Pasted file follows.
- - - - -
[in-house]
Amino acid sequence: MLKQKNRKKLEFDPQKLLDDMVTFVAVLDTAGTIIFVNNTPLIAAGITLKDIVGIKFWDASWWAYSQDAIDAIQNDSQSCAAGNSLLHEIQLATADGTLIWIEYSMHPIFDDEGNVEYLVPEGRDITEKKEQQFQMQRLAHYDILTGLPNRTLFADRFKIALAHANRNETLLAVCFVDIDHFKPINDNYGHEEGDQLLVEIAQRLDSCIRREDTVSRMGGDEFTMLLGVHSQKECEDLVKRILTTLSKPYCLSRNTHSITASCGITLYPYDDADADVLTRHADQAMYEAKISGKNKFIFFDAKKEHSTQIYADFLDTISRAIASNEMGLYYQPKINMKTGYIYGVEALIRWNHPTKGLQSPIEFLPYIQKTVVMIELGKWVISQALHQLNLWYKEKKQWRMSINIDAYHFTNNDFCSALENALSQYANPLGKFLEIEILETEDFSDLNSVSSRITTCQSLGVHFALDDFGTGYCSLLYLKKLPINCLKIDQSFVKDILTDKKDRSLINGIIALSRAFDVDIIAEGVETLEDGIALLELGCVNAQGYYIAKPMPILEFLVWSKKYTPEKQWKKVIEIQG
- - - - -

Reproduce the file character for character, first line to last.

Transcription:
[in-house]
Amino acid sequence: MLKQKNRKKLEFDPQKLLDDMVTFVAVLDTAGTIIFVNNTPLIAAGITLKDIVGIKFWDASWWAYSQDAIDAIQNDSQSCAAGNSLLHEIQLATADGTLIWIEYSMHPIFDDEGNVEYLVPEGRDITEKKEQQFQMQRLAHYDILTGLPNRTLFADRFKIALAHANRNETLLAVCFVDIDHFKPINDNYGHEEGDQLLVEIAQRLDSCIRREDTVSRMGGDEFTMLLGVHSQKECEDLVKRILTTLSKPYCLSRNTHSITASCGITLYPYDDADADVLTRHADQAMYEAKISGKNKFIFFDAKKEHSTQIYADFLDTISRAIASNEMGLYYQPKINMKTGYIYGVEALIRWNHPTKGLQSPIEFLPYIQKTVVMIELGKWVISQALHQLNLWYKEKKQWRMSINIDAYHFTNNDFCSALENALSQYANPLGKFLEIEILETEDFSDLNSVSSRITTCQSLGVHFALDDFGTGYCSLLYLKKLPINCLKIDQSFVKDILTDKKDRSLINGIIALSRAFDVDIIAEGVETLEDGIALLELGCVNAQGYYIAKPMPILEFLVWSKKYTPEKQWKKVIEIQG